I guess my concern is that I've messed something up whilst aligning the burrs! :( I'm planning to re-align on Monday so any tips or suggestions on things to check would be greatly appreciated.




#275: Post by sjp8175 »

Just echoing what everyone else is saying. Going to jump to ceramic burrs and see if that makes on the coffees I've been brewing. I've noticed that the alignment drifts slightly and every two or three-ish months I've got to re-align. I've got a vario with the forte chamber and whatnot but I'm guessing the vibration and usage slowly shift the alignment if you don't re-align every once in a while but I'm OK with that for the cost of the grinder and the quality once aligned. Excited to test out the ceramics for the first time from what everyone is saying!

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#276: Post by baldheadracing »

I find that the more developed the coffee used for espresso, the more I'll prefer the ceramics over the steels. However, the steel burrs are vastly better than the ceramics for anything coarser than espresso IMO.
ETABLERT wrote:... I've also noticed that if I adjust the grind coarser the lower burr seems to need encouragement to drop down but I am not sure if that is an issue. ...
That may be an indication that you may have too much belt tension for Alicorn-level alignment. I think that the Baratza spec/method for adjusting belt tension places too much side force on the lower burr. Here's what mine looks like:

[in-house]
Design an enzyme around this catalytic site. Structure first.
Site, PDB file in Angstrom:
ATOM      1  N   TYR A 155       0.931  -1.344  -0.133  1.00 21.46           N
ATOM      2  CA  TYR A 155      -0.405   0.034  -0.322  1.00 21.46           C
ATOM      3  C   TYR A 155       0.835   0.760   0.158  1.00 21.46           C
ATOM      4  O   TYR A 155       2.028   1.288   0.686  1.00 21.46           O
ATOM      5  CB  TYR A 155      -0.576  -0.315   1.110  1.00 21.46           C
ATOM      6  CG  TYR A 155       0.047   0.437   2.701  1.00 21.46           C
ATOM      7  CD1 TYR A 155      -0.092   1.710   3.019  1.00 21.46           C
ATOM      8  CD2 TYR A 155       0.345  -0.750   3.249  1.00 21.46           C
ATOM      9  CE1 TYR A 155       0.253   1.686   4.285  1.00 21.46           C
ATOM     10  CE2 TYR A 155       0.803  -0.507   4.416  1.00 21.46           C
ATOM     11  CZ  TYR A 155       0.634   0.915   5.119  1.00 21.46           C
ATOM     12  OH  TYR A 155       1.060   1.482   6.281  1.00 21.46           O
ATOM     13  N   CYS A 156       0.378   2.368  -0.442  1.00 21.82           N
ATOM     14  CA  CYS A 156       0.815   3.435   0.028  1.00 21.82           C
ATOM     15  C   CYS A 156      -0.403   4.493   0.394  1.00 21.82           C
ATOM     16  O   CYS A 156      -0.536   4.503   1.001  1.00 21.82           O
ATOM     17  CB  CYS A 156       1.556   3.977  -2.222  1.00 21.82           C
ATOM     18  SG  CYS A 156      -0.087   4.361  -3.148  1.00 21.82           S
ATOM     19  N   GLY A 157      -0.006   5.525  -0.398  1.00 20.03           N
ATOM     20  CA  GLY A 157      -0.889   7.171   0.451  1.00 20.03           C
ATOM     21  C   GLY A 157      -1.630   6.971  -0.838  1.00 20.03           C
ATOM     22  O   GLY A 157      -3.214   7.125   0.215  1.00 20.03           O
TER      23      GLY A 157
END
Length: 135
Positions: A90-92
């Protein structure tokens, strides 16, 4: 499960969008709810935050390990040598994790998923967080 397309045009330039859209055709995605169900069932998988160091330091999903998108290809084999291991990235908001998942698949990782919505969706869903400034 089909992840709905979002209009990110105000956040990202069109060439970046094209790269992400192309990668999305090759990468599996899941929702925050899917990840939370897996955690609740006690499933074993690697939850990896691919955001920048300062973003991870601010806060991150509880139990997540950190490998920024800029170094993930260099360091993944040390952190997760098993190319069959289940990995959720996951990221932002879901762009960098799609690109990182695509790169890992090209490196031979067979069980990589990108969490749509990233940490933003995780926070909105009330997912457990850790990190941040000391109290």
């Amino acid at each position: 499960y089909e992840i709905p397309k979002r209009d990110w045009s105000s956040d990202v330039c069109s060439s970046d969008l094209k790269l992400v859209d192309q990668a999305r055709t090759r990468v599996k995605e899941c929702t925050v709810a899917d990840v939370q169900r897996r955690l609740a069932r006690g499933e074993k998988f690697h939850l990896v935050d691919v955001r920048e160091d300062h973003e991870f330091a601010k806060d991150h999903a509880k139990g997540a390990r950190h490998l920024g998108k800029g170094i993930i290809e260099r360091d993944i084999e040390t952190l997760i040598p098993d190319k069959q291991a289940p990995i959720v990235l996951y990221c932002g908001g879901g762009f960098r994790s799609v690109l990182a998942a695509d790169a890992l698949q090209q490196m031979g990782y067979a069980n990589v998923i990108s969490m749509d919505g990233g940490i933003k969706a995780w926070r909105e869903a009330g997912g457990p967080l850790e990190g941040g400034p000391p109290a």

Vario Grind Consistency or How I Learned to Stop Obsessing and Love the Coffee
-"Good quality brings happiness as you use it" - Nobuho Miya, Kamasada


#277: Post by pham »

Regarding alignment shifts, as well as ceramics vs steels:

From my experience and thinking about how this process works (as well as examining Jake's diagram), the Alicorn alignment helps to correct the motor and belt misalignment with respect to the burr carriers. With a brand new Vario, perhaps shifting misalignment is incorrect management of belt tension during alignment, or the belt becoming slightly looser with time and necessitating the need to fix this portion of the tolerance stack again after a bit of stretching from the belt. I check my alignment when I open up the grind chamber to clean, and mine has held. However, I've re-aligned every time I upgraded a part, so my belt might've been stretched already when I did my final alignment. Just throwing guesses out there, I don't have a way to verify this guess.